Iraq will hold its parliamentary election vote on May 12, in which about 7,000 candidates will compete for 329 seats. This is the first election after the country’s historical victory over the Islamic State group in December last year.
This year’s election sees some changes with the lists of coalitions and parties, as leading blocs are internally divided, which used to represent sectarian and ethnic identities: Shiite, Sunni and Kurds in the last three elections.
Such internal division in the traditional leading blocs would produce a different political map in the country after the upcoming polls.
Major Shiite coalitions, representing Shiite parties, have dominated the political scene since 2003.
Al-Nasr Coalition (Victory), headed by Iraqi Prime Minister Haider al-Abadi, included dozens of candidates from mainly Shiite parties and politicians in addition to a fewer number of candidates from other Iraqi spectrum.
The coalition is empowered by the recent victories over the extremist Islamic State (IS) group.
State of Law Coalition, headed by head of the Iranian-backed Islamic Dawa Party Nuri al-Maliki, is empowered by dozens of thousands of people loyal to Maliki himself, who held the position of prime minister from 2005 to 2014.
Despite his large number of loyalists, Maliki is rejected by many local, regional and international parties, especially after Iraq lost about one-third of its land to IS and more than four million people were displaced during his eight-year rule.
It is the first time in Iraq’s elections that the Islamic Dawa Party, a Shiite, run in two separate coalitions after internal struggle between the two wings of the party led respectively by Maliki and Abadi.
The two Dawa wings could re-unite after the elections to form the largest coalition to select the next prime minister, who will in turn, form the next government.
Al-Fath Coalition (Conquest), headed by Hadi al-Ameri, is another challenger of Abadi. The coalition is an umbrella group for the Shiite political Badr Organization and paramilitary Shiite militias of Hashd Shaabi, who fought the IS group with government forces.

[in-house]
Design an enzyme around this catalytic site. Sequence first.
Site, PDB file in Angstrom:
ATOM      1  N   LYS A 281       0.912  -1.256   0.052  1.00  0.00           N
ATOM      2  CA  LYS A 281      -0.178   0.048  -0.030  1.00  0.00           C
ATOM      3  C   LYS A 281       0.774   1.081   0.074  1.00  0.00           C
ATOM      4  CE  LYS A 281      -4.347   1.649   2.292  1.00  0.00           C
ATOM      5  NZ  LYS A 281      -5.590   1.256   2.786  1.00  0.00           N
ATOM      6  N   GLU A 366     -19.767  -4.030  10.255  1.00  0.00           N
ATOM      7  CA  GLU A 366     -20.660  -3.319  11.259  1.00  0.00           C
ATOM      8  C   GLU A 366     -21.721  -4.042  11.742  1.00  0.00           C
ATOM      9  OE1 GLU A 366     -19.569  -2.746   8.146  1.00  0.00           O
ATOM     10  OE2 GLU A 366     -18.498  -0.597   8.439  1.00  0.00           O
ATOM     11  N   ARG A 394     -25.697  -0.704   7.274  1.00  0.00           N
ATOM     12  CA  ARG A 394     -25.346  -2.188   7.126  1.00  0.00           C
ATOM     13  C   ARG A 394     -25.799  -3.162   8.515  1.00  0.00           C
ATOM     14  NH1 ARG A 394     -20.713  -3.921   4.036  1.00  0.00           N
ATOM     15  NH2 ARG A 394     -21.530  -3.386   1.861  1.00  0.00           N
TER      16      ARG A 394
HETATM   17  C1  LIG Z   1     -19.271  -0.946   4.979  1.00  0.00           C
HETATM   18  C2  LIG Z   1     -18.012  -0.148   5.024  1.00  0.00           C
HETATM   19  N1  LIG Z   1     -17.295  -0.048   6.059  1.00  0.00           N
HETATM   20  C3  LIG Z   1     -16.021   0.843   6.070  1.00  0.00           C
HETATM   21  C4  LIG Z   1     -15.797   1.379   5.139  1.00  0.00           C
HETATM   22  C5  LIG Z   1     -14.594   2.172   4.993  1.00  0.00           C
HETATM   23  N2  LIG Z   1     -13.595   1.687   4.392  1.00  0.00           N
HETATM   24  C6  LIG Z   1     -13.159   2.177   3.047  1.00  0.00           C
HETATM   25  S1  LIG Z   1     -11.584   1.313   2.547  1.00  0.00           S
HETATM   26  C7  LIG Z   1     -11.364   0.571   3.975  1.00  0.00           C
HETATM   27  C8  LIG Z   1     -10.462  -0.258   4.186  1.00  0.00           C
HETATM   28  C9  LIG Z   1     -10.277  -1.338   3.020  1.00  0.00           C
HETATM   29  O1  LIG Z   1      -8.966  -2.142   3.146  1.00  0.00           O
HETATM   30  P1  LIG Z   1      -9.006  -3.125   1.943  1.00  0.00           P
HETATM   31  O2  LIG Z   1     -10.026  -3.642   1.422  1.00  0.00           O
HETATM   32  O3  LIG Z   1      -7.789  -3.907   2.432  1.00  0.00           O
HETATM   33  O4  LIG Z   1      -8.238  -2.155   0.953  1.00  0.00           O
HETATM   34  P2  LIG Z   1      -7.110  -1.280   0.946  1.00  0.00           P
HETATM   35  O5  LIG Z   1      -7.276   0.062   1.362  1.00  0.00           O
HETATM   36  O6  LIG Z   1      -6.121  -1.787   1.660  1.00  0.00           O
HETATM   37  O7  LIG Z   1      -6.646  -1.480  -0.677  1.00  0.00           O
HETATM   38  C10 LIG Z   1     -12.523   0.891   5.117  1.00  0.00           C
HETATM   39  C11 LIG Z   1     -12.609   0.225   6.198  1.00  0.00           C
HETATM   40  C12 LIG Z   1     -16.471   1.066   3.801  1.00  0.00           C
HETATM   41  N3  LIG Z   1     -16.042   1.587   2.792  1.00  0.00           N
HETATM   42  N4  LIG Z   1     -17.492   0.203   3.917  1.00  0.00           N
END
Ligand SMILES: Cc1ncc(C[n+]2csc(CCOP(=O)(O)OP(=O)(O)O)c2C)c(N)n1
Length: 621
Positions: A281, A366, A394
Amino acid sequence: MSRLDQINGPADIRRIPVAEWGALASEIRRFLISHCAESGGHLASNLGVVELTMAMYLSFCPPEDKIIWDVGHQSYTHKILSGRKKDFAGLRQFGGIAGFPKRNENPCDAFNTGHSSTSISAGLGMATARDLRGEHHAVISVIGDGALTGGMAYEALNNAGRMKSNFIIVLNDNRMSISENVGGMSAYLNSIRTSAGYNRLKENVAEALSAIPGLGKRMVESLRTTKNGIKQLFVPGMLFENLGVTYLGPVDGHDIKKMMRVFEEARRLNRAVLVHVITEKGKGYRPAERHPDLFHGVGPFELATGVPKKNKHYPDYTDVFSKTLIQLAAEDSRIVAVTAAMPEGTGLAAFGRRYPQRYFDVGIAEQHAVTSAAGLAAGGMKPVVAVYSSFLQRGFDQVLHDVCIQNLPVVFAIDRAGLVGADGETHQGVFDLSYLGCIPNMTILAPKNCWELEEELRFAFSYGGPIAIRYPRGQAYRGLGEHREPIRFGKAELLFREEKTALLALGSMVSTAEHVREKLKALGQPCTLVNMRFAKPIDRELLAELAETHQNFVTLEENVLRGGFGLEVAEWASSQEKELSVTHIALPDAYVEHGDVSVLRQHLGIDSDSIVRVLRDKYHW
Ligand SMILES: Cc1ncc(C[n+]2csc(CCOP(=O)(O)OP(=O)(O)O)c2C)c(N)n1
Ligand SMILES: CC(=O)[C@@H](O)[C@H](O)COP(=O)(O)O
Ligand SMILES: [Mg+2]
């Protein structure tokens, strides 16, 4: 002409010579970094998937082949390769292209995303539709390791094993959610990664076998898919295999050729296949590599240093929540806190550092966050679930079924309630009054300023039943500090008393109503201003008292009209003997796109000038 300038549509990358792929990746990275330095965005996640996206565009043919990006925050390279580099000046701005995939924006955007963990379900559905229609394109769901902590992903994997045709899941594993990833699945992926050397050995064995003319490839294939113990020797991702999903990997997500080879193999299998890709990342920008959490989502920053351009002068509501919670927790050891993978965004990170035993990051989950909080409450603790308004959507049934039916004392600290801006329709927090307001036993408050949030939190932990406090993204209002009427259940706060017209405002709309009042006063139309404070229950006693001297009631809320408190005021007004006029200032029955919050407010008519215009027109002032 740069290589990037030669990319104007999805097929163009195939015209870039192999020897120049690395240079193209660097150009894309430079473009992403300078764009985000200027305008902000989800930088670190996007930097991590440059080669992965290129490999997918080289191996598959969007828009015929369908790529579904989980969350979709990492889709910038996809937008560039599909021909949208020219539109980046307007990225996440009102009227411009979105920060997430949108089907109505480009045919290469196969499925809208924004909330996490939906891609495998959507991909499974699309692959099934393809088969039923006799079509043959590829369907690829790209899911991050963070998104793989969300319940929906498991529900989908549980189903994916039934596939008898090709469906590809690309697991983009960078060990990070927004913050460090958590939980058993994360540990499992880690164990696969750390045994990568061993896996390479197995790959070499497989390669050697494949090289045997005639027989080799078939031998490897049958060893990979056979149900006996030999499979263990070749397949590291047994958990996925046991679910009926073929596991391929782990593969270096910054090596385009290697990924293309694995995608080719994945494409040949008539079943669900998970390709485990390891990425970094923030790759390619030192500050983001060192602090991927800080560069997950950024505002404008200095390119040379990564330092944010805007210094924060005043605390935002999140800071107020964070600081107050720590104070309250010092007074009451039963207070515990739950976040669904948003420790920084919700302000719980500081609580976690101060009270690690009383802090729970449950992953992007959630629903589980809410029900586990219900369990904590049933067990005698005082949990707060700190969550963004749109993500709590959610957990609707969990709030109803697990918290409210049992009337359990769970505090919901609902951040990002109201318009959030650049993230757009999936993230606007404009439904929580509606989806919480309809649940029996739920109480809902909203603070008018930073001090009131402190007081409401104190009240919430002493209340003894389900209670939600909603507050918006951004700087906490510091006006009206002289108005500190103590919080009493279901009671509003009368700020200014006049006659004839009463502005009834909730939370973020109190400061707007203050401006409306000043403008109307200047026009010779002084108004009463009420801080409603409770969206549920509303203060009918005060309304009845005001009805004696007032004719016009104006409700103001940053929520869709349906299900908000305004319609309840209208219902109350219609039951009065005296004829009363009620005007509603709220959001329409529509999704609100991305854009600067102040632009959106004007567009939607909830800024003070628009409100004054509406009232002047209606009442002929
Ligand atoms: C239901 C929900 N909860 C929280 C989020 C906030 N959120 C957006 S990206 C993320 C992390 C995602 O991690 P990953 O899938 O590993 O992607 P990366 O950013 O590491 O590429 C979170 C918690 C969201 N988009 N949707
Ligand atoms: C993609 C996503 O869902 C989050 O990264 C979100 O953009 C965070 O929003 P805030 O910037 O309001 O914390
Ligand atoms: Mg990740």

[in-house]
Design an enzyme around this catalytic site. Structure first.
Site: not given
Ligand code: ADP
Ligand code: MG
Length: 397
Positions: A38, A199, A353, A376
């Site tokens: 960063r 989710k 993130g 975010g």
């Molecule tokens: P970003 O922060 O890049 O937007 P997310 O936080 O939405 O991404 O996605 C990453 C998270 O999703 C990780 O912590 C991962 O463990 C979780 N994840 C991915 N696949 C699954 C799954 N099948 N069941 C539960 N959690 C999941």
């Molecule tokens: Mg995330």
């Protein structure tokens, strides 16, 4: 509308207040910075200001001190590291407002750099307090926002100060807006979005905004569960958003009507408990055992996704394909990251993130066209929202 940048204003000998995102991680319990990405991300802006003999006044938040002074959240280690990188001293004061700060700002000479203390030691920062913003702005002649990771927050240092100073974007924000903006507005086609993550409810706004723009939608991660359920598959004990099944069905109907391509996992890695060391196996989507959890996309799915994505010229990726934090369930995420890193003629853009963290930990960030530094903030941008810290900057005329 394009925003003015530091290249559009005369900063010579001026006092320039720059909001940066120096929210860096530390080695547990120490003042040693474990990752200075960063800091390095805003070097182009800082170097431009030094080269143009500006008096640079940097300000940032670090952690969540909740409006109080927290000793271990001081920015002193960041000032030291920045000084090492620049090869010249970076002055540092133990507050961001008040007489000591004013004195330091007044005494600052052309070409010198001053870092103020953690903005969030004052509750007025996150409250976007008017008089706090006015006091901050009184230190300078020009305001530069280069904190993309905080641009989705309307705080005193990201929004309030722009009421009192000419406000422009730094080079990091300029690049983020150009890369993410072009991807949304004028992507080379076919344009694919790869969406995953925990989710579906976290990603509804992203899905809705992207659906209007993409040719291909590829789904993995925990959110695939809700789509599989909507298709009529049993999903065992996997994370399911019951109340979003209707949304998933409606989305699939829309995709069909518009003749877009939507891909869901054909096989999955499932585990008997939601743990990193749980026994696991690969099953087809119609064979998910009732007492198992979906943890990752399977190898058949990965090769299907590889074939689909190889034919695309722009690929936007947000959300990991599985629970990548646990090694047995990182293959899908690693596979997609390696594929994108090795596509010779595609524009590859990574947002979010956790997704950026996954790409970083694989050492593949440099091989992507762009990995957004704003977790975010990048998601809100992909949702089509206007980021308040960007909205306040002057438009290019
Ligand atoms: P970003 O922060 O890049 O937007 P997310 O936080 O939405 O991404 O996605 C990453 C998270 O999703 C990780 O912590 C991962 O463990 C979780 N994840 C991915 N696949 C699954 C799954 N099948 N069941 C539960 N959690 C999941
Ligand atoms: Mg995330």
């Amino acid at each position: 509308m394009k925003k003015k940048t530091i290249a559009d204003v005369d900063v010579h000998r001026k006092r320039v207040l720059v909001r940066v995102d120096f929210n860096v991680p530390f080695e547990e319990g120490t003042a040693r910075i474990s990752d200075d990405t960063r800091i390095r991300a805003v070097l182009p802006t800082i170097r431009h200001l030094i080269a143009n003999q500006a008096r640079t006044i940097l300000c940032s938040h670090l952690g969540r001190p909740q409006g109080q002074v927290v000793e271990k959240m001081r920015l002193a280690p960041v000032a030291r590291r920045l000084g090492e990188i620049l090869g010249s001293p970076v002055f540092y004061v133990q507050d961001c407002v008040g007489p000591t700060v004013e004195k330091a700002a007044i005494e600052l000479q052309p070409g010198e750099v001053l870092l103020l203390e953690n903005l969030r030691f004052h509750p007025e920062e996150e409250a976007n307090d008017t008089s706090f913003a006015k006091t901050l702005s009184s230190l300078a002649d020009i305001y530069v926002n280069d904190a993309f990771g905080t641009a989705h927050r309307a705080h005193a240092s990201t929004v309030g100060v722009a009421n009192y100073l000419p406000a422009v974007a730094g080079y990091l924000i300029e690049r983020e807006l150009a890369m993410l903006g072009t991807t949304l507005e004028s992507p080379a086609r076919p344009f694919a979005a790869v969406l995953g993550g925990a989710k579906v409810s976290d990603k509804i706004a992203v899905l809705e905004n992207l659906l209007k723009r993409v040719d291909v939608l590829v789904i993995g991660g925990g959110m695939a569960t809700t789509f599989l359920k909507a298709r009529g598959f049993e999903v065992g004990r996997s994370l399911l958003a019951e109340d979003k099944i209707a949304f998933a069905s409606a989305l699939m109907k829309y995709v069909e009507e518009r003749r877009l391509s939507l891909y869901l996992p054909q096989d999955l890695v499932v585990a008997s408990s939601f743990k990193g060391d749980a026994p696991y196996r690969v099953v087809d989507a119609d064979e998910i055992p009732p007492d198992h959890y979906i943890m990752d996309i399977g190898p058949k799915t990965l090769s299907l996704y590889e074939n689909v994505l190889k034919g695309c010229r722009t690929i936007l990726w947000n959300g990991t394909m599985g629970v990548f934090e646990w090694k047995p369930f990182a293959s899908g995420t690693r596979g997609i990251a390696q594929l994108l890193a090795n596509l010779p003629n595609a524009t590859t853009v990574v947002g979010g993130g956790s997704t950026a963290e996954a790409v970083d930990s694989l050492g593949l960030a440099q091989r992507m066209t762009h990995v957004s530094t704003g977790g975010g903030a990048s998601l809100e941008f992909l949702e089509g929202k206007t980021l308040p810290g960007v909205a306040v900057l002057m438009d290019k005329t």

Other runners include Al-Hikma al-Watany Movement, or the National Movement of Wisdom, headed by Shiite cleric Ammar al-Hakim, who was previously the leader of Islamic Supreme Council of Iraq.
The Sunni Arab politicians entered the May 12 elections in two major blocs.
Al-Qarar (Decision) Coalition, is led by the former parliament speaker Osama al-Nujaifi, with many smaller Sunni parties and politicians. The coalition is backed by the prominent Sunni businessman Khamis al-Khanjar.
Another one is Al-Wataniyah (National) Coalition, which is led by the Shiite secular Ayad Allawi, a veteran politician and former prime minister.
The coalition includes the current parliament speaker Salim al-Jubouri and veteran Sunni politician Salih al-Mutlak. The coalition is mostly formed by moderate Sunni parties in addition to a few Shiite moderate parties.
The Kurdish political parties are facing tough hurdles after the controversial referendum held on September 25 last year, as they have been facing divisions in their parties.
Losing some parliamentary seats in Baghdad is inevitable for the Kurds, after they lost control over the disputed areas outside the Kurdish region, including Kirkuk province.
Kurdistan Democratic Party (KDP), headed by the Kurdish leader Masoud Barzani, dominates the provinces of Erbil and Duhok.
Patriotic Union of Kurdistan (PUK), was led by the late Iraqi former President Jalal Talabani, and was later headed by Acting Deputy Secretary General Kosrat Rasul Ali.
PUK mainly dominates Sulaimaniyah province and the ethnically mixed province of Kirkuk, which is part of the disputed areas.
Gorran (Change) Movement is a political Kurdish group led by Omar Said Ali. It is the official opposition to the ruling two-party coalition of KDP and PUK.
The movement is showing strong competition to PUK’s stronghold in Sulaimaniyah province in northeastern Iraq.
Iraq’s previous general election was held on April 30, 2014, when the Iraqis elected 328 lawmakers for the parliament. Enditem